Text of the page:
There is an abundance of empirical evidence available that points us towards a simple but startling conclusion: How we look at things changes how things look.
This conclusion startles me because, quite honestly, if I’m looking at something as a problem, I am already convinced that it IS a problem and not just how I’m LOOKING at it. Now, with the conclusion in the first paragraph staring at me, I can no longer be so sure. Now I have to consider that my perspective might just be all of or, at least, a contributing part of the problem itself. Frankly, that sucks. By myself, I only have my perspective. And that perspective only sees a problem.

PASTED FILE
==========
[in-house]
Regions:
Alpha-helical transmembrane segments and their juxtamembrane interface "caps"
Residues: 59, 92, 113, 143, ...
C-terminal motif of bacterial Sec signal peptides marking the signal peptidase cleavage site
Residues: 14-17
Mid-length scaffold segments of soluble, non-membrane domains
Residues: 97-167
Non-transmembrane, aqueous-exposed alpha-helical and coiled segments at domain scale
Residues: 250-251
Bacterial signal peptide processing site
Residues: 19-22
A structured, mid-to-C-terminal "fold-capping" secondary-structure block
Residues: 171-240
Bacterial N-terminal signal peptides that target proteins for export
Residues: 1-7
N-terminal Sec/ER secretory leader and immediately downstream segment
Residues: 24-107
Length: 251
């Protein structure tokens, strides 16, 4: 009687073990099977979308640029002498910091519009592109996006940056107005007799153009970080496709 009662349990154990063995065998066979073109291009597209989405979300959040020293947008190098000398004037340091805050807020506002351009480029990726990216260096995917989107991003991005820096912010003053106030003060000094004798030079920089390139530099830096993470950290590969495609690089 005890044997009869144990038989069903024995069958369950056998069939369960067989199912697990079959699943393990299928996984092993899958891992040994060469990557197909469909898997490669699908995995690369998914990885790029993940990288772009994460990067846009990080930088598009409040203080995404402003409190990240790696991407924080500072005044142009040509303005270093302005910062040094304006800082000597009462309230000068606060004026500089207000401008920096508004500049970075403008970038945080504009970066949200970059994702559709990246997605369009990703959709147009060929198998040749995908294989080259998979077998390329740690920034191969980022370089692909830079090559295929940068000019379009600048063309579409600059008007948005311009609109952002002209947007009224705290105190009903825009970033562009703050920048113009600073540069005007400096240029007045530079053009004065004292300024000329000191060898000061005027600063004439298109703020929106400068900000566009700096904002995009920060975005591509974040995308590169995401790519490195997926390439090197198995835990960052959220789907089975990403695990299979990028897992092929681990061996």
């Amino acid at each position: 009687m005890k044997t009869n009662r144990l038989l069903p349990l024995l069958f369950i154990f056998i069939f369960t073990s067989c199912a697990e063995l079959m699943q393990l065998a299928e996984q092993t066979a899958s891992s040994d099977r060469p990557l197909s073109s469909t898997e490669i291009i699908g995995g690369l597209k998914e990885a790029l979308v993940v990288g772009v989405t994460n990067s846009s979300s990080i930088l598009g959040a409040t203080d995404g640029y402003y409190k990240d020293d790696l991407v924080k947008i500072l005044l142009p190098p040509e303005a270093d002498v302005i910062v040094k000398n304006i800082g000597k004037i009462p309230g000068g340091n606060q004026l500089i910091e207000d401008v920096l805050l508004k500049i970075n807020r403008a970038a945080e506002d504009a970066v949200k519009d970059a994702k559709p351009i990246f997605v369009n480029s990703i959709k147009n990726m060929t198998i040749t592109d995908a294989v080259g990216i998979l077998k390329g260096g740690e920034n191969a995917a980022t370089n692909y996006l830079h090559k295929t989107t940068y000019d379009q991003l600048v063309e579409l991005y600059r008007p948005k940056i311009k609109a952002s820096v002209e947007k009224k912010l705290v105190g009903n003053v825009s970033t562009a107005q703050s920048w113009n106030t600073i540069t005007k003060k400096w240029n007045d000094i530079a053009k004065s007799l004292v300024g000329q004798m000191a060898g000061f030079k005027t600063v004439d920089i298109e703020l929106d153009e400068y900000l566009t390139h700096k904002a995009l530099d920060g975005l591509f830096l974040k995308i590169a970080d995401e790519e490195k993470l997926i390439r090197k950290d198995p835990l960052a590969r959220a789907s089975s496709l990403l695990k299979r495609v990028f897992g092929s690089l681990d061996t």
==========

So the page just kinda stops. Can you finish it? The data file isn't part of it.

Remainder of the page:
Even Albert Einstein was reported to have observed (and I do not quote here because I’ve found several versions of the idea): We can’t solve problems by using the same kind of thinking we used when we created them.
Something has to give. Something different, something new, something unexpected has to be introduced before a solution has reveal itself. It’s rarely a matter of IQ power or brute determination. It’s frequently the opposite…a question reframed or a sequence shifted…a pause, a step back, a waiting patiently for an intuition…an asking another person for their perspective. And the transition from seeing only the problem to opening up to a solution is made possible.
A well known politician was once asked if he was a ‘glass half-full or a glass half-empty’ kind of person, to which he replied, “Depends on how thirsty I am, I suppose.”
Funny and true.